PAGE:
absence of vigour and precision, which finds compensation in naturalness and charm. In a word, the Portu

guese have more poetical feeling than conscious art, and perhaps for this very reason Portugal has produced an astonishing number of spontaneous perfect lyrics:

"Fez huas lirias no som

Que mi sacam o coraçom."

The rivers of Portugal-the Mondego, Douro, Tejo crystallino, the doce Neiva, brando Lima, manso Leça— all have their poets. The lyric of Francisco de Sá de Menezes,1 addressed to the River Leça, is inimitable in the easy flow and inevitable grace of its verses:


Ó rio Leça,

Como corres manso!
Se eu tiver descanso
Em ti se começa!

"Sempre sosegados

Vão teus movimentos;
Não te alteram ventos
Nem tempos mudados."

(River Leça, still,
Ah, how still thy flow!
Could I rest e'er know
Rest wouldst thou instil!

Calm thy waters move
Ever without fail;

Thee no winds assail

Nor time's changes prove.)

1 1515-1584. The few of his poems that have survived fully confirm the praises of his contemporaries, Antonio Ferreira, Diogo Bernardes, etc. See Poesias de Sá de Miranda (ed. C. Michaëlis de Vasconcellos, 1885), Notas, pp. 749-751.

In the same spirit and with equal beauty of expression
Diogo Bernardes, captive in Africa,1 turns his thoughts
to the River Lima, on whose banks was his home:
"Mas nunca deixará de ser formosa
No meu atribulado pensamento
A ribeira do Lima saudosa.

Não causará em mim esquecimento,
Inda que tem virtude d'esquecer,

O seu brando e suave movimento."
(But ever in my saddened thoughts the banks
Of Lima shall be fair, for which I long.
Never in me shall cause forgetfulness
The soft and gentle motion of its waters,
Though power it has to help men to forget.)2

Portuguese literature, poor in clear-cut or striking effects, may not attract many readers, but, to those who study it, appears like a fair, humble shepherdess of the serra, with all the grace of the scented woods, pleasant streams, and flowered hills of Portugal:

"A serra é alta, fria e nevosa;

Vi venir serrana gentil, graciosa."

To write its complete history, embracing the literature

1 He was freed, among other Portuguese captives, by Philip II. 2 He celebrated the Lima continually (in O Lyma), and many years earlier he wrote to Sá de Miranda that his walks were ever along its banks:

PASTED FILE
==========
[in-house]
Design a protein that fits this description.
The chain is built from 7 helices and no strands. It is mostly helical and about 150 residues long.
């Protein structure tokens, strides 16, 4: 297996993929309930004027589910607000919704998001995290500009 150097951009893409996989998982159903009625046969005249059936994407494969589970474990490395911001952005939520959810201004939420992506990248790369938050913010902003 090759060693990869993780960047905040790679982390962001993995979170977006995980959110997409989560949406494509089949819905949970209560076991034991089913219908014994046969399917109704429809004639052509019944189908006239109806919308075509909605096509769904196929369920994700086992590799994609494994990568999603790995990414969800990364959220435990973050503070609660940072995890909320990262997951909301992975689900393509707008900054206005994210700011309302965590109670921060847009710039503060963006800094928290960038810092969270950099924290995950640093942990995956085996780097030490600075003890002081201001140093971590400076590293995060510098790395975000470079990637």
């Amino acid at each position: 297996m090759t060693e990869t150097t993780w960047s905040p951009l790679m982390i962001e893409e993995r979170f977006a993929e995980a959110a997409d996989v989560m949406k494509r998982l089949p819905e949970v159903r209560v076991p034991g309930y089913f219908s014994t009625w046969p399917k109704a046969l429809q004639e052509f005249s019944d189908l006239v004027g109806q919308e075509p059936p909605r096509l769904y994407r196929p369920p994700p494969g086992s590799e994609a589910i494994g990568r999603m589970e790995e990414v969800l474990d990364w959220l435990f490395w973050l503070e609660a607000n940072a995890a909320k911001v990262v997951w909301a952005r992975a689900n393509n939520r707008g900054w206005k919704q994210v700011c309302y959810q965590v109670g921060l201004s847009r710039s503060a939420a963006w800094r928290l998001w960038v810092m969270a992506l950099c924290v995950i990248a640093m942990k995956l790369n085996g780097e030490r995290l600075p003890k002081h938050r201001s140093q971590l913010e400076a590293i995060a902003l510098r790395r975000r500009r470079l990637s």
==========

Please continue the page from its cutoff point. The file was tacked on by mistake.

"Agora rio abaixo, rio acima,

Que vae suavemente murmurando,

Só me vou pela beira do meu Lima.”

3 The best general sketch of Portuguese literature is to be found in Geschichte der portugiesischen Litteratur, von Carolina Michaëlis de Vasconcellos und Theophilo Braga (Grundriss der romanischen Philologie). Bd. 2. Abtg. 2 (sold separately); in Senhora Michaëlis de Vasconcellos' article in La Grande Encyclopédie (Portugal: Littérature), or in Mr. Edgar Prestage's article in the Encyclopædia Britannica.

of Galicia, ancient and modern, must be a task occupying many years. Perhaps, however, there is some danger at the present day lest, while learned critics, in a kind of literary spillikins, are skilfully sifting their facts and dates, the general reader may take less and less interest in the literature thus scientifically presented to him, and continue in scarceness. These straggling notes can lay no claim to original research, but may possibly serve as a stepping-stone till the crying need for a more thorough and complete study of Portuguese literature in English is supplied. The name of Mr. Edgar Prestage is well known to English readers. Probably no Englishman has so intimate an acquaintance with Portuguese literature, which he has studied for twenty years. There is, therefore, good reason to hope that he will supply this want and provide English students with the first history of Portuguese literature ever written in English.

No doubt it will come as a shock to many that Portugal has other subjects of interest to offer besides port-wine, revolutions, and rotative politics. Great indeed would be the reward of these chapters could they help to spread a juster, more sympathetic attitude towards this land of unfailing song, which throughout its history has bred many an

"Homem de braço e saber;"1

many, that is, capable of carrying through with sword and pen what Sir Peter Wyche in the seventeenth century described as "Performances of the Portuguese, notorious for the Wisdome of the Contrivance and Gallantry of the Execution."

1 It is the phrase of Sá de Miranda describing the Spanish poet, the Marqués de Santillana.

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